I agree partly with what my right hon. Friend says. If he does not mind, I shall say something in a few moments about the Whips Office that may or may not get his approval, but let us see.
Less than a year after I entered the House of Commons, we faced a general election. I have to say that it was an unusual election as far as West Derbyshire was concerned because two parties got what they wanted. My Liberal opponent had posters up and down the constituency saying, “100 more votes this time”. I am very glad that he got his extra 100 votes, and I was even more pleased that I got an extra 10,000. Let us leave that to the side, but we should be careful what we wish for.
In 1989, I was invited by Margaret Thatcher to join her Government, and I went as a junior Minister to the then Department of Transport. One of the first issues that landed in the area I was responsible for, within a few weeks of my being at the Department, was the terrible Marchioness disaster on the Thames. As we have done in the previous debate, dealing with people who have suffered such tragedies is one of the more difficult parts of life in government, as it is when, as Members of Parliament, we have people who are hit by tragic circumstances and incidents that often cause the loss of life and the like. I think most Members of Parliament go out of their way to do whatever they can to help.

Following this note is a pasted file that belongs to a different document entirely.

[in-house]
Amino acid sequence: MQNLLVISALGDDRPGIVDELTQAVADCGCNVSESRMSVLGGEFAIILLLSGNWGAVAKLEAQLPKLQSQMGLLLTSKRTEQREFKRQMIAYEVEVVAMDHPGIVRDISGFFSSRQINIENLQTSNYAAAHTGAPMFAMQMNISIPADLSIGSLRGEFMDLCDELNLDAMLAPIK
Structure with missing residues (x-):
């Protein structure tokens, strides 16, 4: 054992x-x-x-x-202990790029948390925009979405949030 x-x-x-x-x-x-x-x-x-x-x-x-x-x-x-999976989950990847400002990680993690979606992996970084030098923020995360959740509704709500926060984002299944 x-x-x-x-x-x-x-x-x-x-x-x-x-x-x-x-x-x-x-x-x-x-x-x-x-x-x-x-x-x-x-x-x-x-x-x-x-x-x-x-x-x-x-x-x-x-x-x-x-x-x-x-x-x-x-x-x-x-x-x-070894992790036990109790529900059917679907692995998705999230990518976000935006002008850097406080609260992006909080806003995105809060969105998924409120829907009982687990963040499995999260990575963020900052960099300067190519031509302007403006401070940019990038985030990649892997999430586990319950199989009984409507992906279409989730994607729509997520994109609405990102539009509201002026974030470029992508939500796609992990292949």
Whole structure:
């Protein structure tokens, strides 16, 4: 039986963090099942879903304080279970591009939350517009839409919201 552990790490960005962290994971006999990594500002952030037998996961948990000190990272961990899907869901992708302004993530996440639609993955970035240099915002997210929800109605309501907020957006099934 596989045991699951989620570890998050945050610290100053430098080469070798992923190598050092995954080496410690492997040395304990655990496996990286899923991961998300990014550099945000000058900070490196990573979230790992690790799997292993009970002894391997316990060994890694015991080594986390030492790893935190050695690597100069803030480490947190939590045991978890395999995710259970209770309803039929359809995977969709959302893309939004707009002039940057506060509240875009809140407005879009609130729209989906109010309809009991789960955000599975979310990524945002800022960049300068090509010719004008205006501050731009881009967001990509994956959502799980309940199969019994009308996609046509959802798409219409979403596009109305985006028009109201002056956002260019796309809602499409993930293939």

I served in several Departments before John Major appointed me to the Whips Office in 1995. I spent 17 years there, becoming one of the most long-serving and perhaps, as far as my party is concerned, long-suffering Whips. When David Cameron became leader of the Conservative party in 2005, he made me the Opposition Chief Whip, and then he made me the Chief Whip in the coalition Government in 2010. There, I was really ably assisted by John Randall, who is now in the other place, as my Deputy Chief Whip—really a man of great and outstanding ability and high principle—and by Mr Carmichael. I see in his place Norman Lamb, who was also in the Whips Office.